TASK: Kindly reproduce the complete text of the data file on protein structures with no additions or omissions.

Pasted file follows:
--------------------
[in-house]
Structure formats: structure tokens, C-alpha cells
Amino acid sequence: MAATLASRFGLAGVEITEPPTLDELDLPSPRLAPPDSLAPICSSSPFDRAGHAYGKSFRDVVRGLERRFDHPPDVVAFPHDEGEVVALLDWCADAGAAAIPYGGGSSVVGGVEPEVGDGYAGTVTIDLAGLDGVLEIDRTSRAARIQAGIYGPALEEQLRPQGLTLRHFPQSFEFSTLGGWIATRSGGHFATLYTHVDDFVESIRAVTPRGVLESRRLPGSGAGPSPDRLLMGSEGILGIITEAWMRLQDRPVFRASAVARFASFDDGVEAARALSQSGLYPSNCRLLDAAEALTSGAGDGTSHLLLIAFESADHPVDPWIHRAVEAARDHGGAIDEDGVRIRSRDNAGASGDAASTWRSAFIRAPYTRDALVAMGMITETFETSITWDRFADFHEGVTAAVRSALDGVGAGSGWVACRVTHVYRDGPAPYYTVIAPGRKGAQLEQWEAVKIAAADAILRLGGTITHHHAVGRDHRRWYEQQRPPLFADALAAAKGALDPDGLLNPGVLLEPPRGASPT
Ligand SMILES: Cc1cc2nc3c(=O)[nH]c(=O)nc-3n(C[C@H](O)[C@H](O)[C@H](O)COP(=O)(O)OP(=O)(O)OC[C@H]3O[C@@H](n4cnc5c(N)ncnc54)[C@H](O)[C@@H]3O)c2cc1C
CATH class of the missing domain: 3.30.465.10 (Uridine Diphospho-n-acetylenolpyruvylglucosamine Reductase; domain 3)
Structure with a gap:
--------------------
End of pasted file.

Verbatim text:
[in-house]
Structure formats: structure tokens, C-alpha cells
Amino acid sequence: MAATLASRFGLAGVEITEPPTLDELDLPSPRLAPPDSLAPICSSSPFDRAGHAYGKSFRDVVRGLERRFDHPPDVVAFPHDEGEVVALLDWCADAGAAAIPYGGGSSVVGGVEPEVGDGYAGTVTIDLAGLDGVLEIDRTSRAARIQAGIYGPALEEQLRPQGLTLRHFPQSFEFSTLGGWIATRSGGHFATLYTHVDDFVESIRAVTPRGVLESRRLPGSGAGPSPDRLLMGSEGILGIITEAWMRLQDRPVFRASAVARFASFDDGVEAARALSQSGLYPSNCRLLDAAEALTSGAGDGTSHLLLIAFESADHPVDPWIHRAVEAARDHGGAIDEDGVRIRSRDNAGASGDAASTWRSAFIRAPYTRDALVAMGMITETFETSITWDRFADFHEGVTAAVRSALDGVGAGSGWVACRVTHVYRDGPAPYYTVIAPGRKGAQLEQWEAVKIAAADAILRLGGTITHHHAVGRDHRRWYEQQRPPLFADALAAAKGALDPDGLLNPGVLLEPPRGASPT
Ligand SMILES: Cc1cc2nc3c(=O)[nH]c(=O)nc-3n(C[C@H](O)[C@H](O)[C@H](O)COP(=O)(O)OP(=O)(O)OC[C@H]3O[C@@H](n4cnc5c(N)ncnc54)[C@H](O)[C@@H]3O)c2cc1C
CATH class of the missing domain: 3.30.465.10 (Uridine Diphospho-n-acetylenolpyruvylglucosamine Reductase; domain 3)
Structure with a gap: